Channel: Corp Finance

June 11, 2010
Much brouhaha over free float
Minimum threshold for public free float has been raised from 10% to 25% for all the public companies. Is it a boon for Govt. and bane for private sector?

The Ministry of Finance, Government of India last week issued a notice to all public companies that they must have a minimum 25% public free float. Until now the larger players with an IPO of over Rs 1bn were only required to 10% public free float. Going forward all companies irrespective of their size must comply with this minimum threshold and those that are falling short must release 5 per cent shares to the public every year until they comply with the requirements.

 

This has quite a furor amongst certain segments of the market particularly those who are market makers. Certain bankers believe that although the intentions behind this move are fairly clear, which is that Government wants to raise more capital from selling of shares of public sector companies, it is the private sector that will suffer the most. They think that the current state of the markets is not amenable to taking on more issuances than those in the pipeline. There just isn’t enough depth to sustain such large volume of issuances in a short space of time.


There is already a pipeline of over USD 10bn of equity issues, and this new ruling will at least double the size of the capital requirement from public markets. The effect will be that new quality issues are likely get crowded out as investors will rush for the blue chip issuers. The potential end result could be devastating for new issuers who might have to settle for lower valuations or completely abort the IPO.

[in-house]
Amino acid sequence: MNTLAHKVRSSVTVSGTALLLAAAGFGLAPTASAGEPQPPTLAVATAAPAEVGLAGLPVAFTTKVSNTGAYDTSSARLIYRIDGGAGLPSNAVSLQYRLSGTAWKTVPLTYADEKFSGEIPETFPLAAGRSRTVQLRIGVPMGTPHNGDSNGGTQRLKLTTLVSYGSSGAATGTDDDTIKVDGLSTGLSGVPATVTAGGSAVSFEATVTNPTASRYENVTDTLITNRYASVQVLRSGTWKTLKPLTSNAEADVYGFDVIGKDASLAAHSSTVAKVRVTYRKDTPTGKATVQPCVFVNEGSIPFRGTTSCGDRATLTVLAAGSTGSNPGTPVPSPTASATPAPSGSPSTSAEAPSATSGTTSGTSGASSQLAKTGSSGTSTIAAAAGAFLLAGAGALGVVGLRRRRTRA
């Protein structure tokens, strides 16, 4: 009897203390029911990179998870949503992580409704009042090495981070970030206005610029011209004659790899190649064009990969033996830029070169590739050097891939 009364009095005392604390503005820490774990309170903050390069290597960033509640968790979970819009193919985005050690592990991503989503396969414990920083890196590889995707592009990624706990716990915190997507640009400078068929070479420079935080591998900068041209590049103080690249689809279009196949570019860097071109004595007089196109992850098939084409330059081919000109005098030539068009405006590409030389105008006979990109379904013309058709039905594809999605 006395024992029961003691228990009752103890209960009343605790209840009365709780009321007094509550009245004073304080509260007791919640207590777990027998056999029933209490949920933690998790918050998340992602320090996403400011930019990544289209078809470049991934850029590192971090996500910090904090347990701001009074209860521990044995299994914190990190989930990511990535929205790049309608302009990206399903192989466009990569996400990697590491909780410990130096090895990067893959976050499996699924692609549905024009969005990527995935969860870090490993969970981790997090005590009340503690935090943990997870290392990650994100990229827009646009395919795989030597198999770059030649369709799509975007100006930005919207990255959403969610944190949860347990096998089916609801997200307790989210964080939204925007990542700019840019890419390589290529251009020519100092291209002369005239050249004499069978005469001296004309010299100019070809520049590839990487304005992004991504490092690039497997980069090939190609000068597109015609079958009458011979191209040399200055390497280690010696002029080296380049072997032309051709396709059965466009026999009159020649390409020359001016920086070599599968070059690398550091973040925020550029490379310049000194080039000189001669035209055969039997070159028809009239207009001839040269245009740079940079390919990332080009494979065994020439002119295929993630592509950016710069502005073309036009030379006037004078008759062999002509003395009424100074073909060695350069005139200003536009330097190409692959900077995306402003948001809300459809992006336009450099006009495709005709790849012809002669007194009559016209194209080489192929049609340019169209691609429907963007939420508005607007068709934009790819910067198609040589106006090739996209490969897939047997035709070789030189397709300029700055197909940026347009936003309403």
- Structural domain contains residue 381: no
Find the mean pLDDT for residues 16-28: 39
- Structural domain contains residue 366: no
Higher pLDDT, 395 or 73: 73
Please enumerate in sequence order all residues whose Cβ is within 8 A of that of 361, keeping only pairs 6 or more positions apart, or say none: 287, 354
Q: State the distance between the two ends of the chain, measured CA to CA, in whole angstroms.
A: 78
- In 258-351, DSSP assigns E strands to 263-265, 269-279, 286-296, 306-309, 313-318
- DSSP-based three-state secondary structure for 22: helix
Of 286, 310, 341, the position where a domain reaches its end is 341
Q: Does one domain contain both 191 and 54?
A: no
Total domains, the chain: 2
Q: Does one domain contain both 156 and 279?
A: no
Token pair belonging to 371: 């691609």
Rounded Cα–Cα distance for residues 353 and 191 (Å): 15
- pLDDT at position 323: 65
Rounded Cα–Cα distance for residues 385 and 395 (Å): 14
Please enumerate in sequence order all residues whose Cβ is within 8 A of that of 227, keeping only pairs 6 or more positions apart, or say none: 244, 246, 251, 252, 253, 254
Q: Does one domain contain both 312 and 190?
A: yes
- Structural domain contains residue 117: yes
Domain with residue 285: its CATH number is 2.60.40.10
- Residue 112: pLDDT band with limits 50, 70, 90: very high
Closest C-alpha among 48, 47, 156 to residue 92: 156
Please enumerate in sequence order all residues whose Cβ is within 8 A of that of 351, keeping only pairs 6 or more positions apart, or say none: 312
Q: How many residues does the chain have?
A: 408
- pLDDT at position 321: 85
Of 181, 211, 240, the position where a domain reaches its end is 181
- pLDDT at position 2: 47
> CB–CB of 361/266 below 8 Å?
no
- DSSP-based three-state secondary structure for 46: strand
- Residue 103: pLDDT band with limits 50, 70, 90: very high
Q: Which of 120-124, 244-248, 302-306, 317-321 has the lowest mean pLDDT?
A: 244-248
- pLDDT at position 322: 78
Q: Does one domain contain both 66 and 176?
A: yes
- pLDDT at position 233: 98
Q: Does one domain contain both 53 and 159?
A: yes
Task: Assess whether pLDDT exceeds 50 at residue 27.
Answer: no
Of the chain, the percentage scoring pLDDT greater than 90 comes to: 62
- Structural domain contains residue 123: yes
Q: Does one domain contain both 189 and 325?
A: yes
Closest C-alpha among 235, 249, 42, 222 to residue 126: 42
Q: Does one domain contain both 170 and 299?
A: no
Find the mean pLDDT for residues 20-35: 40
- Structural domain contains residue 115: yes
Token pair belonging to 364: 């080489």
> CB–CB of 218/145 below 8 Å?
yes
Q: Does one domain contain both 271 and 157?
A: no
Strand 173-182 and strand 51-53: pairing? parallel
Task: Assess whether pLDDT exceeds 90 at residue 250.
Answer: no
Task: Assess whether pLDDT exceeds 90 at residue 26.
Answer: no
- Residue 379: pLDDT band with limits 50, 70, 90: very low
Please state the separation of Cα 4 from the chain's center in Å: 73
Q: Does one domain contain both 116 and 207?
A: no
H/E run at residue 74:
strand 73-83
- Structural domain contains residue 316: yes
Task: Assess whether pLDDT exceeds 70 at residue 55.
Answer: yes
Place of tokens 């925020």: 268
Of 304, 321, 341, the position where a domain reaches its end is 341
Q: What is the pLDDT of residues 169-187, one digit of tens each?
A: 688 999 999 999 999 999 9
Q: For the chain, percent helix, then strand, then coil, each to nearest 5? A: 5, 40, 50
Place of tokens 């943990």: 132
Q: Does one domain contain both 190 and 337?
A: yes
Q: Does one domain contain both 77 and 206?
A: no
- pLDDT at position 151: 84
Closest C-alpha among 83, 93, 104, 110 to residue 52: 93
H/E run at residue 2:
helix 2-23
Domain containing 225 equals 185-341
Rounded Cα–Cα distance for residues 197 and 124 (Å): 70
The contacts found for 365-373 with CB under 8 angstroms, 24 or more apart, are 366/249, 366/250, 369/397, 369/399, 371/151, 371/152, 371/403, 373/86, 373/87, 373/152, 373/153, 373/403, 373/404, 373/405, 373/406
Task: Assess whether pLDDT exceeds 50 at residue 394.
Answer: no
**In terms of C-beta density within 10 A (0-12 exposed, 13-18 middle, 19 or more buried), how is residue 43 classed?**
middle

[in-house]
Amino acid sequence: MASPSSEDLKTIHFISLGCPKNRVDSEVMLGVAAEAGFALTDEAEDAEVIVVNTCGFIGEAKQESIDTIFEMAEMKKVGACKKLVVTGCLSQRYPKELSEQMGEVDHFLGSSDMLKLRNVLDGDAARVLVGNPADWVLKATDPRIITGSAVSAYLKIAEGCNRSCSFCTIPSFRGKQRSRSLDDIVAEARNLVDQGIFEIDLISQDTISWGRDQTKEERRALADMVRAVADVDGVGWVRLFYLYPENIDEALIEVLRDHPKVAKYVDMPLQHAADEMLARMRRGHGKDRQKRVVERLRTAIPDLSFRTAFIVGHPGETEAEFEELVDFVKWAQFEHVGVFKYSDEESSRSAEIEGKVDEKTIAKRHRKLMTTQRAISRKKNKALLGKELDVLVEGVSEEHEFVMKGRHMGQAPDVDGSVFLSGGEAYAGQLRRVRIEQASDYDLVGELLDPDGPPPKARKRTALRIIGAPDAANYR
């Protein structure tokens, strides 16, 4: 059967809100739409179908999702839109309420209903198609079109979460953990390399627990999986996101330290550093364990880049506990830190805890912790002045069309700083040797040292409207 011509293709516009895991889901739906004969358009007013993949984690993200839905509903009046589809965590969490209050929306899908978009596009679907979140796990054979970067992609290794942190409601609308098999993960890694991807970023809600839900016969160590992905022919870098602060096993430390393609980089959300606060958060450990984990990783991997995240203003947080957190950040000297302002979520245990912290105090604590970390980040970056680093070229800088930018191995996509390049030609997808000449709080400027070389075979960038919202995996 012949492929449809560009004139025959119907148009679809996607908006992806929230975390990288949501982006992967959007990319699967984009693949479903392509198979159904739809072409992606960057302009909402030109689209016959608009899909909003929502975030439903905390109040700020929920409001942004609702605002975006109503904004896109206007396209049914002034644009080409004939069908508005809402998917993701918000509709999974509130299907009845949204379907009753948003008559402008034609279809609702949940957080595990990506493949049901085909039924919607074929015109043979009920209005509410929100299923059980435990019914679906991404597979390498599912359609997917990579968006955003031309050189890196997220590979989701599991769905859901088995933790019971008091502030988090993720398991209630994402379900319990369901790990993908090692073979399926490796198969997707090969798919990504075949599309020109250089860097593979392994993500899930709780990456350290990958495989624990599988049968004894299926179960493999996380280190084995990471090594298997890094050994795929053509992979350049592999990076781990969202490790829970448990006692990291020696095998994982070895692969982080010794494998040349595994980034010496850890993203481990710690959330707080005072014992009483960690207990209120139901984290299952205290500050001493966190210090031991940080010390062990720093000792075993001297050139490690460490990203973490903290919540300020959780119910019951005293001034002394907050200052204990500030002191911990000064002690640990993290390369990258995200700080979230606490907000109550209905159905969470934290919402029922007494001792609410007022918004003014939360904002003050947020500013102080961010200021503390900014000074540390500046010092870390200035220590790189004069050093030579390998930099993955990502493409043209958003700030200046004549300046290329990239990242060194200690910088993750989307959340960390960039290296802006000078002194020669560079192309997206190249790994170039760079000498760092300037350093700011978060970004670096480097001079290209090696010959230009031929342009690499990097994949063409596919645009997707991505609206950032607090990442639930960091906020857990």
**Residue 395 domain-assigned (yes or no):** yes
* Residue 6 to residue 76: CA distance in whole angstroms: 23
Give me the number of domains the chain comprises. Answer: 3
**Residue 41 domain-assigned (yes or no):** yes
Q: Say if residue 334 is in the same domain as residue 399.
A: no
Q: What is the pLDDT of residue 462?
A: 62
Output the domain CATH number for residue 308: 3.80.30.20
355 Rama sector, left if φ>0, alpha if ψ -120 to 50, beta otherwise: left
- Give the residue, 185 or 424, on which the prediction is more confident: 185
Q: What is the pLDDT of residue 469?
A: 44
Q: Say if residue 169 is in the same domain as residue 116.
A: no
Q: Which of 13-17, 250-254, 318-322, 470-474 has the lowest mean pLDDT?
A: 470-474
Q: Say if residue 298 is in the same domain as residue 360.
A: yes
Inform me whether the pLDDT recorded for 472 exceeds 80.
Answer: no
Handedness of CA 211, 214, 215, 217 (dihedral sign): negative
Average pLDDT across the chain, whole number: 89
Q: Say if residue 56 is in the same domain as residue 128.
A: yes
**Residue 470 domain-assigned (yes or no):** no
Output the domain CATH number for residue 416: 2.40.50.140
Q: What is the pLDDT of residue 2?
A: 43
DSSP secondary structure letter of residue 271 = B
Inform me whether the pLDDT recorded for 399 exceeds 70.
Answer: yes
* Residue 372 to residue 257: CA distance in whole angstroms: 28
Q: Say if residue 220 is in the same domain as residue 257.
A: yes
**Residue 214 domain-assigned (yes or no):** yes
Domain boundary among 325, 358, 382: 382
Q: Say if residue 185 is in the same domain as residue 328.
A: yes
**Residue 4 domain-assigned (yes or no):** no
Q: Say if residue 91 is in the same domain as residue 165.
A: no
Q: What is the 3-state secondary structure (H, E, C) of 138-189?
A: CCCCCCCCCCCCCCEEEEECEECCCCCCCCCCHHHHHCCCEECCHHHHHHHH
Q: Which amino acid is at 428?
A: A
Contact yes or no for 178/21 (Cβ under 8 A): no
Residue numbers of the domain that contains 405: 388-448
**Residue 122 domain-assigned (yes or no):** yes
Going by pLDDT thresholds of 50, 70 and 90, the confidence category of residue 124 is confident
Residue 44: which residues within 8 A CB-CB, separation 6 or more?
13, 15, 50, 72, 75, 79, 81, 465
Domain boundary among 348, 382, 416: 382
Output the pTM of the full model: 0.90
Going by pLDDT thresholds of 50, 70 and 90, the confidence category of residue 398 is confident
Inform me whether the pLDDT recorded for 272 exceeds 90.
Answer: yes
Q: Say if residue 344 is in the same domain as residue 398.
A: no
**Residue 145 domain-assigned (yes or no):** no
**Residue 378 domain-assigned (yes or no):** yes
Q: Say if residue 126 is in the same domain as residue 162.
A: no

Supporters of corporate governance welcome the move saying that it will bring more transparency and redress the balance of power. It will also attract more Foreign Institutional Investors (FII) to the market. Others are not convinced suggesting that the net impact will create huge amounts of uncertainty and volatility in the markets. A number of companies will find it extremely difficult to comply in a short space of time. Even a 5 per cent share release in one year will be impossible and they may be forced to delist from the exchange.


The furor amongst market stakeholders has got both the regulator Securities and Exchange Board of India (SEBI) and the Ministry of Finance thinking. Clearly from their angle the sailing will not be smooth and they may well have to go back to the drawing board to figure out a more plausible and acceptable plans.

 

© Copyright ETI Dynamics Ltd. 2011.
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